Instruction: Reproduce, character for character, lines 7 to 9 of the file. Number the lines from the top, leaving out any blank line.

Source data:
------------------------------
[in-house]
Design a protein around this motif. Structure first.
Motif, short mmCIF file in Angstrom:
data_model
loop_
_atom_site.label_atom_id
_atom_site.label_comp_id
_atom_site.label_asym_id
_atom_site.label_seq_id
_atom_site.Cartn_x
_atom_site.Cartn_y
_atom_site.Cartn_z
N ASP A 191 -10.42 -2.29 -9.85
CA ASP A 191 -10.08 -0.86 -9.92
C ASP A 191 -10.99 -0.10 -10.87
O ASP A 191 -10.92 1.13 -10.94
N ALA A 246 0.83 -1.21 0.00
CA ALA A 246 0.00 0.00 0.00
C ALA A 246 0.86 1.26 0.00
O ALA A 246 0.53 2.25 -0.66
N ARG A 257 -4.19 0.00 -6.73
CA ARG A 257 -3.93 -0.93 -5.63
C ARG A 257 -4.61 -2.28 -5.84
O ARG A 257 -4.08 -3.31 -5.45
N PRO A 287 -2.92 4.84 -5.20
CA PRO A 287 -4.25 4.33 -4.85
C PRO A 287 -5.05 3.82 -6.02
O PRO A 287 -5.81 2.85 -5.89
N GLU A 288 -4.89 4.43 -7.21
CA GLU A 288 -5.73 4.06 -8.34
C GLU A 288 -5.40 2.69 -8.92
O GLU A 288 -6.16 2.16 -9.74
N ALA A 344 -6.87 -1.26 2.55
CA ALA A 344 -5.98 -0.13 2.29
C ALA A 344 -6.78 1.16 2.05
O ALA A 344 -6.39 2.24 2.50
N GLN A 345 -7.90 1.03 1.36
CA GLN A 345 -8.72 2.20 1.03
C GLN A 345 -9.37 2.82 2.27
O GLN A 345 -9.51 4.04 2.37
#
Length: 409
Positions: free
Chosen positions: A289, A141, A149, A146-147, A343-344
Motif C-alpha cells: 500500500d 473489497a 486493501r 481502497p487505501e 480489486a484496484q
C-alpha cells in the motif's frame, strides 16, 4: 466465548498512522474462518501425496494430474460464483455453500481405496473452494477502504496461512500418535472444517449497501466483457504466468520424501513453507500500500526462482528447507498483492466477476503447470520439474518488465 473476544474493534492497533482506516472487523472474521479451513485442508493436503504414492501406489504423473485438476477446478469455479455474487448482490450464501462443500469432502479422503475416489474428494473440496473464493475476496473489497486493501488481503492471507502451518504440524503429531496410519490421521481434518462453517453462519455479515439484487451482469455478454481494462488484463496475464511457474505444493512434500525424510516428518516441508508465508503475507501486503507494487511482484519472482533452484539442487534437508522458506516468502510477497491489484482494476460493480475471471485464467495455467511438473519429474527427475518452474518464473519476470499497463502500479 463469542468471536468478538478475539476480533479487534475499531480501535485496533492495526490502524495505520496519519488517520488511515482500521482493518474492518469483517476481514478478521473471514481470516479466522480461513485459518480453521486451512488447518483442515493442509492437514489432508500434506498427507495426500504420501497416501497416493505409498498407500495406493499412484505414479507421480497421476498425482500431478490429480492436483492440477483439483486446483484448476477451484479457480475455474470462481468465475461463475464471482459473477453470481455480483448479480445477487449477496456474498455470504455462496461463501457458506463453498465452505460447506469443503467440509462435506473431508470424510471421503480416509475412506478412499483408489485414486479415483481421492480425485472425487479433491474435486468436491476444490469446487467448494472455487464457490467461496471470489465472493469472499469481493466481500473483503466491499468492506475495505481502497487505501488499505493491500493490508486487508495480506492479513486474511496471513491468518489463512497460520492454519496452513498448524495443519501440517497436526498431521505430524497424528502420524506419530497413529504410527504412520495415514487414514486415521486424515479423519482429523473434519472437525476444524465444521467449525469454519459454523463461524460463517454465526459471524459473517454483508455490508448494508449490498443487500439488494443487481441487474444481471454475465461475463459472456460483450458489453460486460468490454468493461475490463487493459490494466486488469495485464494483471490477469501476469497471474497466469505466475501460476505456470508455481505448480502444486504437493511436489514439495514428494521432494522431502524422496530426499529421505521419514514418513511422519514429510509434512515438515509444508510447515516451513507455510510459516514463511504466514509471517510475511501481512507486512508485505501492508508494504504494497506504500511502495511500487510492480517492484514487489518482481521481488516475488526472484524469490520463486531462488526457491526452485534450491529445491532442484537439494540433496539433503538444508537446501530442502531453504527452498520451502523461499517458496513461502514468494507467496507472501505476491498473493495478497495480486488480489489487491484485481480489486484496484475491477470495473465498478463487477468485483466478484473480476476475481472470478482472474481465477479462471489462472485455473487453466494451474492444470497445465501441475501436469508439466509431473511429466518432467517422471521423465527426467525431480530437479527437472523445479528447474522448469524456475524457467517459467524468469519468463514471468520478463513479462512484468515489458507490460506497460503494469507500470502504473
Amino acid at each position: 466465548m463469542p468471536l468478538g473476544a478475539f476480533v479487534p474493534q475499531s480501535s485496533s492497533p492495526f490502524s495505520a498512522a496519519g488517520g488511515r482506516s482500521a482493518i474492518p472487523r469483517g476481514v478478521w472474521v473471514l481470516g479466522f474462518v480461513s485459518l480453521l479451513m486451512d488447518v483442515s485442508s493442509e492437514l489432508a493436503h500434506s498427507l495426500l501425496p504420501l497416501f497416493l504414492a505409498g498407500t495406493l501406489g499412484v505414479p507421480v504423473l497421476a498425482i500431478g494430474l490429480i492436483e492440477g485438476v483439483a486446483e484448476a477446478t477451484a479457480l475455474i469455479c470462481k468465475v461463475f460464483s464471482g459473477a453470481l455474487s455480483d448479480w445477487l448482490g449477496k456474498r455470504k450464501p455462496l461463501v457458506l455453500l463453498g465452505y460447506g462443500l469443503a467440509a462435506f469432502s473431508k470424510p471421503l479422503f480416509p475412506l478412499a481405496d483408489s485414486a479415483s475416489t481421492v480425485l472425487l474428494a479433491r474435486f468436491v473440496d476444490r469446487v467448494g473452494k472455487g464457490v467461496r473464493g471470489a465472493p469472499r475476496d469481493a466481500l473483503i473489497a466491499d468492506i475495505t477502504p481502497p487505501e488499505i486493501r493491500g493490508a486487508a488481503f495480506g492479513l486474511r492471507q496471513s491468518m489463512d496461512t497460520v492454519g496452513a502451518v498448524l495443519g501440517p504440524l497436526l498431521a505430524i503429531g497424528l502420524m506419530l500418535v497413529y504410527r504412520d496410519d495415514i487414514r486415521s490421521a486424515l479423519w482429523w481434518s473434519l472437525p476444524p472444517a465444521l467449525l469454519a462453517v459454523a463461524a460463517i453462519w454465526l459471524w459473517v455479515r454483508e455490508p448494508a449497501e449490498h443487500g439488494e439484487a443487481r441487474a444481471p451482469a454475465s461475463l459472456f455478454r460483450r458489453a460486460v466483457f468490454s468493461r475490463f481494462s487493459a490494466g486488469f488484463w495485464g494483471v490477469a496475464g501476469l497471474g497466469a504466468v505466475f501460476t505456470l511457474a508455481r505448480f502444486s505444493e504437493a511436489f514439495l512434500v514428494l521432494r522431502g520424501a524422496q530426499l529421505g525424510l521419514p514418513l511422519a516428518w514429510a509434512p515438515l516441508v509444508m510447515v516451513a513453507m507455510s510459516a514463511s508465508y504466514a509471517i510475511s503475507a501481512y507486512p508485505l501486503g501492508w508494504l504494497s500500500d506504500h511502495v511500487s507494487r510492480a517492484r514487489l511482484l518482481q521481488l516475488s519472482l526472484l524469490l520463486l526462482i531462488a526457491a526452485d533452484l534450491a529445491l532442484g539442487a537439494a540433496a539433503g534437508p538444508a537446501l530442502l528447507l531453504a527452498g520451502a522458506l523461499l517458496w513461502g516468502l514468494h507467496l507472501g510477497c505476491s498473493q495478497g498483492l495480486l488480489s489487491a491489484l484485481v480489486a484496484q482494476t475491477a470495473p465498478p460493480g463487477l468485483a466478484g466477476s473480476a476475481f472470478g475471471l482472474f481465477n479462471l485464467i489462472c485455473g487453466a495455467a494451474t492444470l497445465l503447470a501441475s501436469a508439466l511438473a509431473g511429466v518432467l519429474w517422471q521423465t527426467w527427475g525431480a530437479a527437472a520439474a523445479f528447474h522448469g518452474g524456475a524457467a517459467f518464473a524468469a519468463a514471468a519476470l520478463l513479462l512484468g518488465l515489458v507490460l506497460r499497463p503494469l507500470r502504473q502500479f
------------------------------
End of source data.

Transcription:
_atom_site.label_comp_id
_atom_site.label_asym_id
_atom_site.label_seq_id